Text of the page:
Falkirk Council will get funding to help with pandemic costs
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A war of words broke out when some opposition MSPs claimed that finance minister Kate Forbes had seemed to suggest that councils would not receive the full amount of money that was earmarked for Scotland.
Alison Harris, Scottish Conservative MSP for Central Scotland, said: “Councils across the country have been struggling to meet the demands of the coronavirus and will continue to struggle as the demand on health and social care services grow and greater supplies of personal protective equipment are required.
“Local authorities across Scotland are spearheading the response to this virus. Falkirk should not have to ask the SNP for funds.”
But the Holyrood government has confirmed that the cash will be passed directly to local authorities.
Cecil Meiklejohn, the leader of Falkirk Council, said: “Scottish Government has made initial funding available to councils, notably a £80 million Hardship Funding and £30 million Food Fund as well as a number of funds to support the business community.
“In the last couple of weeks we’ve had positive discussions with the cabinet secretary for finance, and it was made clear that the consequentials of £155 million, would be passed on in full. That’s now been confirmed, which is good news for councils across Scotland.”
She added: “However it is very early days, with many variables and a highly uncertain landscape so it would premature to try to assess specific impact on the council’s finances.
“What we do know is there are key areas of financial risk such as loss of income form a range of revenues streams and higher expenditure as well as the in ability of services to now deliver on planned budget savings.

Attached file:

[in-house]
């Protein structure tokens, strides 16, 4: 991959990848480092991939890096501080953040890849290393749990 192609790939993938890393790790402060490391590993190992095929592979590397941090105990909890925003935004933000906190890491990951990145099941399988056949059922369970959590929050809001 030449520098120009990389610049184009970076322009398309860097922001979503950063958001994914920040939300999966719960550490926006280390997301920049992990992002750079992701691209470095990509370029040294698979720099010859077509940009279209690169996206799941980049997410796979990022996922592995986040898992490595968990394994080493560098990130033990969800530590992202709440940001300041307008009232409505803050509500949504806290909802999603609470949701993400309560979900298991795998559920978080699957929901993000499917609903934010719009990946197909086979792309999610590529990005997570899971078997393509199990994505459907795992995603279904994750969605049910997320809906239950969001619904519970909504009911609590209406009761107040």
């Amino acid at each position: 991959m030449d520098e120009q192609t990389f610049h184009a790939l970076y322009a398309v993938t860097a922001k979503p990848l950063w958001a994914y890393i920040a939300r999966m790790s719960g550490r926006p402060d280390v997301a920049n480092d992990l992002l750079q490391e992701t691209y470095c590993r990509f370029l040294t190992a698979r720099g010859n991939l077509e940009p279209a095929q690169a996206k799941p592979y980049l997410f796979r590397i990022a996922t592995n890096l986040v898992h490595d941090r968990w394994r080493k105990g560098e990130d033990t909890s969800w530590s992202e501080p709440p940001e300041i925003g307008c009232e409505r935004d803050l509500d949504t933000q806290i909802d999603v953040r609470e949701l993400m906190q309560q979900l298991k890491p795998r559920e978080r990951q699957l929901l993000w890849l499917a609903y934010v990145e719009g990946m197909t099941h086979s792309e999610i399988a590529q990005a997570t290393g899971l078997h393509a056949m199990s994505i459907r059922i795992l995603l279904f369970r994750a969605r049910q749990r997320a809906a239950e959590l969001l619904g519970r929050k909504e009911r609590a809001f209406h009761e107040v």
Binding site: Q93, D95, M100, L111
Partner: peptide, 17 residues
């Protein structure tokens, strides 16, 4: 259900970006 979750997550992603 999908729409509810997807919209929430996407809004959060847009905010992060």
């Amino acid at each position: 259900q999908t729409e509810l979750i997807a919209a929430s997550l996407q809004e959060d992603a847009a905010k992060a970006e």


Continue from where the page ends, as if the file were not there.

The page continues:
“Cosla ( Convention for Scottish Local Authorities) are currently in the process of collating the headline cost for recovery for Local Government which will be the basis for further discussions with the Cabinet Secretary for finance.”
Councillor Gail Macgregor, COSLA’s resources spokesperson described the decision by Scottish Government to pass the £155 million on to councils as a “positive step in the right direction”.
“Scotland’s Councils are doing a heroic job in keeping a huge range of essential services running to meet the needs of communities and to be responsive locally.
“The costs to Local Government in dealing with this pandemic and coping with the loss of income are going to be substantial.
“COSLA is working closely with all councils on an ongoing basis to understand the scale of these costs and to ensure that Scottish Government recognises that this could well exceed the £155m Consequentials.”
A Scottish Government spokesperson said: “We have already committed to passing on these consequentials.
“We are in discussions with COSLA to fully understand the pressure that councils face.
“We are still awaiting details from them on the outcome of their cost collection exercise and that will be used to inform the distribution of the £155 million.”